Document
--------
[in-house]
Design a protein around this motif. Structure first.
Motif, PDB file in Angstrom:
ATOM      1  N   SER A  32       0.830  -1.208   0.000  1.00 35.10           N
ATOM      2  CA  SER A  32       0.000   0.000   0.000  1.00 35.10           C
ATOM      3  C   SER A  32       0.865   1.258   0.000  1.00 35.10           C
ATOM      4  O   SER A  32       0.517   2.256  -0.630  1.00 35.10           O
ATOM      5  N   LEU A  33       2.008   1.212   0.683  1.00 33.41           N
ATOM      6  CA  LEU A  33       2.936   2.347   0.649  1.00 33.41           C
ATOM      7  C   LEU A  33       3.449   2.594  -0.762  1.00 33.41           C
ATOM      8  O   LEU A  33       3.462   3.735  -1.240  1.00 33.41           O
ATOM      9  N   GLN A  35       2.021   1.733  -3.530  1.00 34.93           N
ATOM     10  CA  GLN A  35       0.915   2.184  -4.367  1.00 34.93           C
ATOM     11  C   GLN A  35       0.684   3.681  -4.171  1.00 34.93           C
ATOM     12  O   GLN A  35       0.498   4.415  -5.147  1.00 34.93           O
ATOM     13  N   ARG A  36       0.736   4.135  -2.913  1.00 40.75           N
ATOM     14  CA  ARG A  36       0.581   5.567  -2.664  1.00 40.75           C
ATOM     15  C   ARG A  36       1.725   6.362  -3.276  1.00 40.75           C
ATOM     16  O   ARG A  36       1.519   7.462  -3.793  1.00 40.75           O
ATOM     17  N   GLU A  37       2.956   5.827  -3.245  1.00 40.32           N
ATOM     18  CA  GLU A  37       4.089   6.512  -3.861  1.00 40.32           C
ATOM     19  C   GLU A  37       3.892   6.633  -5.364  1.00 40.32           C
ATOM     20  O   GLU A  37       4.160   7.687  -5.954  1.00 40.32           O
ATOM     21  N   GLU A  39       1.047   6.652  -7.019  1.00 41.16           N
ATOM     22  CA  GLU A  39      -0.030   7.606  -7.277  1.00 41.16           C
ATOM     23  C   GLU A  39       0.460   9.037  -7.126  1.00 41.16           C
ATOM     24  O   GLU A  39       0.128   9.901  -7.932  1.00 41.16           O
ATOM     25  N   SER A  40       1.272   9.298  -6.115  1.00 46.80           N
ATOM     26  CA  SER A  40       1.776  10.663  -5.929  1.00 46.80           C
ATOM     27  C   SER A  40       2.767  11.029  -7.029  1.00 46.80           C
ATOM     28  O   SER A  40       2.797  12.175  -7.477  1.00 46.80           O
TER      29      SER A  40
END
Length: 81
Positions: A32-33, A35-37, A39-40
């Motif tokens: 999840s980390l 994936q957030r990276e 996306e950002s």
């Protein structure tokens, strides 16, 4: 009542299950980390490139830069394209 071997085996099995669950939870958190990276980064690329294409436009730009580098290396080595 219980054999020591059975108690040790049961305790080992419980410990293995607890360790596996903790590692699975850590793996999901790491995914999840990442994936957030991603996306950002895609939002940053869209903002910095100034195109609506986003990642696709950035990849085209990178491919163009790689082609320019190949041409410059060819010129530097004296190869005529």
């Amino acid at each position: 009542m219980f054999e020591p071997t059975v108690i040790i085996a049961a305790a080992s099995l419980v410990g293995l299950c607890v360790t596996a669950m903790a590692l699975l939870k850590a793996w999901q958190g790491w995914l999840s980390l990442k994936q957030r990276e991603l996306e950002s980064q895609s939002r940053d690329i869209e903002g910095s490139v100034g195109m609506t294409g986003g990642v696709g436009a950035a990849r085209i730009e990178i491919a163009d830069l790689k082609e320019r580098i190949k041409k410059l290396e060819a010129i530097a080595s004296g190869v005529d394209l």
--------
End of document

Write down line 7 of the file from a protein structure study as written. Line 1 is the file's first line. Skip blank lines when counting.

ATOM      4  O   SER A  32       0.517   2.256  -0.630  1.00 35.10           O